CFO Sink’s goal is to safeguard Floridians’ tax dollars from the risks posed by climate change and to encourage companies to capture opportunities related to the changing climate. Climate change can affect corporations financially in various ways, ranging from physical damage of facilities and increased costs of regulatory compliance, to opportunities in global markets for climate-friendly products or services that emit little or no global warming pollution.
As a guide, CFO Sink is providing Treasury investment managers with the “Global Framework for Climate Risk Disclosure,” created by several leading investors and worldwide organizations in October 2006. Additionally, CFO Sink is asking the Treasury investment managers to join her in petitioning the SEC to require disclosure of climate risk for public companies.
“As Florida’s fiscal watchdog, I want to ensure that Florida’s tax dollars are being managed by firms that are aware of threats to our bottom line—and this includes the financial threats presented by climate change,” said CFO Sink.
"Climate change will affect companies in a variety of ways, whether from physical damage to facilities or increased costs to comply with new regulations. Florida is showing great leadership as the first state treasury in the U.S. to require its investment fund managers to disclose how they are assessing these climate risks in their portfolios," said Mindy S. Lubber, president of Ceres and director of the Investor Network on Climate Risk (INCR), who spoke at Wednesday's climate change meeting.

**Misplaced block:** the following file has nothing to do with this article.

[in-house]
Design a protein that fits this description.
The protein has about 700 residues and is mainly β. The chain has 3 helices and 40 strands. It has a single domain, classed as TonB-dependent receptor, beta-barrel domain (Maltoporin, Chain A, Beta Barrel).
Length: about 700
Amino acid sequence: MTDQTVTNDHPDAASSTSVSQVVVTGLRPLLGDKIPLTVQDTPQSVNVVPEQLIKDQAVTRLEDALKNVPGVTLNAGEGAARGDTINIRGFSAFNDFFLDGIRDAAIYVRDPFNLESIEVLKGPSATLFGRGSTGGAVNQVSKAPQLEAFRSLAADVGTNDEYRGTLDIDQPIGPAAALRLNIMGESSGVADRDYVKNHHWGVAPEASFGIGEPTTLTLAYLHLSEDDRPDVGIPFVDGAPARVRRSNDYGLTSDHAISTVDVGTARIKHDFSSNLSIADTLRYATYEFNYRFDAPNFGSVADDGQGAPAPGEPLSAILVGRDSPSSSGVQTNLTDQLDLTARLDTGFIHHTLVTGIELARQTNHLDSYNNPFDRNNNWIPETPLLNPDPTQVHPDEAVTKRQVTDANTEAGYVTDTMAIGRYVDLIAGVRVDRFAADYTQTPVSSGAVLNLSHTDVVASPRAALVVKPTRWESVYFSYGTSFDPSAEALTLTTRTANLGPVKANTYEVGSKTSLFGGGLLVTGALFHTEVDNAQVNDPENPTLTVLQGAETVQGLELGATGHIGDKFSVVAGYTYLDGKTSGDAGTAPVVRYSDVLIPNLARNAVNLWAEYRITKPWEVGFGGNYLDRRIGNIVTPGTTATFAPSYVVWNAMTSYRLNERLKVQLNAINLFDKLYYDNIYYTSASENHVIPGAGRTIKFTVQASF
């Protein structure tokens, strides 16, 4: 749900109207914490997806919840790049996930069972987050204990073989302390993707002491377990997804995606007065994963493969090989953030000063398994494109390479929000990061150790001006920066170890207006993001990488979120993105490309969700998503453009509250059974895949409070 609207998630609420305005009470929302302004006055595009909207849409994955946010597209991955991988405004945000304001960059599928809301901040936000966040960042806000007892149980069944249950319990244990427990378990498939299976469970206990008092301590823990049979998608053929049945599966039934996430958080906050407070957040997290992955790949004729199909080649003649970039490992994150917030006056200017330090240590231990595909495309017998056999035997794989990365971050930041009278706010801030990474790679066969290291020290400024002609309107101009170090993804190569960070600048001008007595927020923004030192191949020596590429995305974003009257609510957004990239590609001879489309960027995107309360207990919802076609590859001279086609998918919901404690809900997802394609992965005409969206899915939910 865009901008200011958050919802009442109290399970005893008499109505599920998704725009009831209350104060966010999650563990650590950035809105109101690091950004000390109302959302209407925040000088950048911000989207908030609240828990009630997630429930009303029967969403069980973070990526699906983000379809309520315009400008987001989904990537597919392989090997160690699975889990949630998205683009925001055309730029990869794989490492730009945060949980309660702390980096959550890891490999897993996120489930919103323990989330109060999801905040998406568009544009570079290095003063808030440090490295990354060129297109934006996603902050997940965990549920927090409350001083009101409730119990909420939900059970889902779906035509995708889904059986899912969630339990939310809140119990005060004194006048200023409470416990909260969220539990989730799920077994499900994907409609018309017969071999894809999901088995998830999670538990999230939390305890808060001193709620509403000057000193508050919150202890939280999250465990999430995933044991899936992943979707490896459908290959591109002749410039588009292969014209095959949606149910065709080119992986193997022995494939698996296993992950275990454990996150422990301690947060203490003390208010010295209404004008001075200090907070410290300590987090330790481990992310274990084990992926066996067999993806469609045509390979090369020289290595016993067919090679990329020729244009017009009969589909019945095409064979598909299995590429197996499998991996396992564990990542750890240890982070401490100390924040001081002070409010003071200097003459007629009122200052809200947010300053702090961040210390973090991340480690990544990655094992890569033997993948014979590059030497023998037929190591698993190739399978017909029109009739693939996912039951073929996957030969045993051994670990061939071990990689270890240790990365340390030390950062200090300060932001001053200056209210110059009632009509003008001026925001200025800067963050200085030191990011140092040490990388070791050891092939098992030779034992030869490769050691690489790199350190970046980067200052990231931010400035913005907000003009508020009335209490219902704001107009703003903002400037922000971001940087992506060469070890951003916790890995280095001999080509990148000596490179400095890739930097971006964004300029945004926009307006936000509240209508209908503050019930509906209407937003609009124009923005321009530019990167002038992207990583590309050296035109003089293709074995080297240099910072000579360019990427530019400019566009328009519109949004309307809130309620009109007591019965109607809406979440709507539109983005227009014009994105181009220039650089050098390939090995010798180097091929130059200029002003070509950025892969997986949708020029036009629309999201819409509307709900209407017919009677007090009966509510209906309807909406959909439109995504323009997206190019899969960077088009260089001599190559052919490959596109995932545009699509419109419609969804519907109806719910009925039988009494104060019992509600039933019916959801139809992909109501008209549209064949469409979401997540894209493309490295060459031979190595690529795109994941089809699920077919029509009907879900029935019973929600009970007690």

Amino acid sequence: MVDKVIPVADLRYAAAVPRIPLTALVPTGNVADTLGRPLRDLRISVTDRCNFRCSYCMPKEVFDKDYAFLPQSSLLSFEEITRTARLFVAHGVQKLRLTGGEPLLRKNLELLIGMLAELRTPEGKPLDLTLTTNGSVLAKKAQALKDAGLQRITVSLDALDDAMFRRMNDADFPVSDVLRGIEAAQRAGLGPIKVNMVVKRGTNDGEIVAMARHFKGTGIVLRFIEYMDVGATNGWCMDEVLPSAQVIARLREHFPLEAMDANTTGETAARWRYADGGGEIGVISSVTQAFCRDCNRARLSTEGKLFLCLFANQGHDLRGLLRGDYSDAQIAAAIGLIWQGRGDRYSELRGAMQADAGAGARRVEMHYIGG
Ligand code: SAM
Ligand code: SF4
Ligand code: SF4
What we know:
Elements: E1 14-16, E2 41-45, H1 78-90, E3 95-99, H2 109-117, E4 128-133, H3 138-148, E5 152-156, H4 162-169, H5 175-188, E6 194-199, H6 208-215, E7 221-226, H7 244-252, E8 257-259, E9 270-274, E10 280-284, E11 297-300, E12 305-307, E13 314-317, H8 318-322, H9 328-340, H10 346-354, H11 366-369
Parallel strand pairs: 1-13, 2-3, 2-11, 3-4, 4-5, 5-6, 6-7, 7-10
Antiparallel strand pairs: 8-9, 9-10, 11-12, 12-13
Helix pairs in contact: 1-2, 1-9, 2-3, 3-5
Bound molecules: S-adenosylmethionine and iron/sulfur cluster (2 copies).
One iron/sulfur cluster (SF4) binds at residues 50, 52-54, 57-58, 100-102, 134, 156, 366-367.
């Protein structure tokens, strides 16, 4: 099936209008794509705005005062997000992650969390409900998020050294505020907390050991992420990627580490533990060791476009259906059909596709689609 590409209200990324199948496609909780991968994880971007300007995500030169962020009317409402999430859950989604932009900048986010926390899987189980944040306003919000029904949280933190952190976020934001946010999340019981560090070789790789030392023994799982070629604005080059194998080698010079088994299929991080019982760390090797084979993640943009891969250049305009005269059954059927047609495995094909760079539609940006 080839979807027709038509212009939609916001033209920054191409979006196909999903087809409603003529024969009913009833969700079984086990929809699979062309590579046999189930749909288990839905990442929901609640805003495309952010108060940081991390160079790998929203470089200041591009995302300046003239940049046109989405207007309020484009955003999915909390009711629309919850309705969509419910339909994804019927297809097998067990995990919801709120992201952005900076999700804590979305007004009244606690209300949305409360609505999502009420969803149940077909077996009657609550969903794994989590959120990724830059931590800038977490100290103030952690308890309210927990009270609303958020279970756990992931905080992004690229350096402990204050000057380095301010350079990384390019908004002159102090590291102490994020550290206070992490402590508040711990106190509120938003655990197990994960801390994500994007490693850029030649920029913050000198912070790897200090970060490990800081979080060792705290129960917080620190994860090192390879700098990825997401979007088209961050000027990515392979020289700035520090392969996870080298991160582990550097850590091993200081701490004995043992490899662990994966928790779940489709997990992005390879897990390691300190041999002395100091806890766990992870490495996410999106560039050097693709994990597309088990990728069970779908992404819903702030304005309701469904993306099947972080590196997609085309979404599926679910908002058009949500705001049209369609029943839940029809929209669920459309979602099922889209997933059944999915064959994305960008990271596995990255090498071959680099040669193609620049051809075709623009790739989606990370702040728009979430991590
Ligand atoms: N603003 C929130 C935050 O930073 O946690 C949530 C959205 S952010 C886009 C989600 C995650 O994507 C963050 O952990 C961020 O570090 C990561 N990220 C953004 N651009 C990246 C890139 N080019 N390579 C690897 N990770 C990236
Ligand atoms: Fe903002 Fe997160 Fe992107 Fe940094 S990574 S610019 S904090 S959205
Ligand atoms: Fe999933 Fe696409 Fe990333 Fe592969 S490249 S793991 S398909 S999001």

Exploring the Creation of a Clean Energy Fund for Florida—After hearing a presentation by Lewis Milford, the president of Clean Energy States Alliance, CFO Sink today announced her intention to explore the creation of a clean energy fund in Florida. The Clean Energy States Alliance is made up of 18 states including California, New Mexico, Pennsylvania and New York, which have created clean energy funds or programs for their states. These clean energy programs have been used to invest in renewable clean energy resources, such as solar, wind and biomass, and can be used for consumer education or to provide incentives and tax credits to citizens taking advantage of more energy-friendly products, such as hybrid automobiles and solar water heaters.
Over the next several months, CFO Sink will work with the Clean Energy States Alliance to explore the different funds used around the country and determine if there is a clean energy fund model best suited to further a clean energy market in Florida.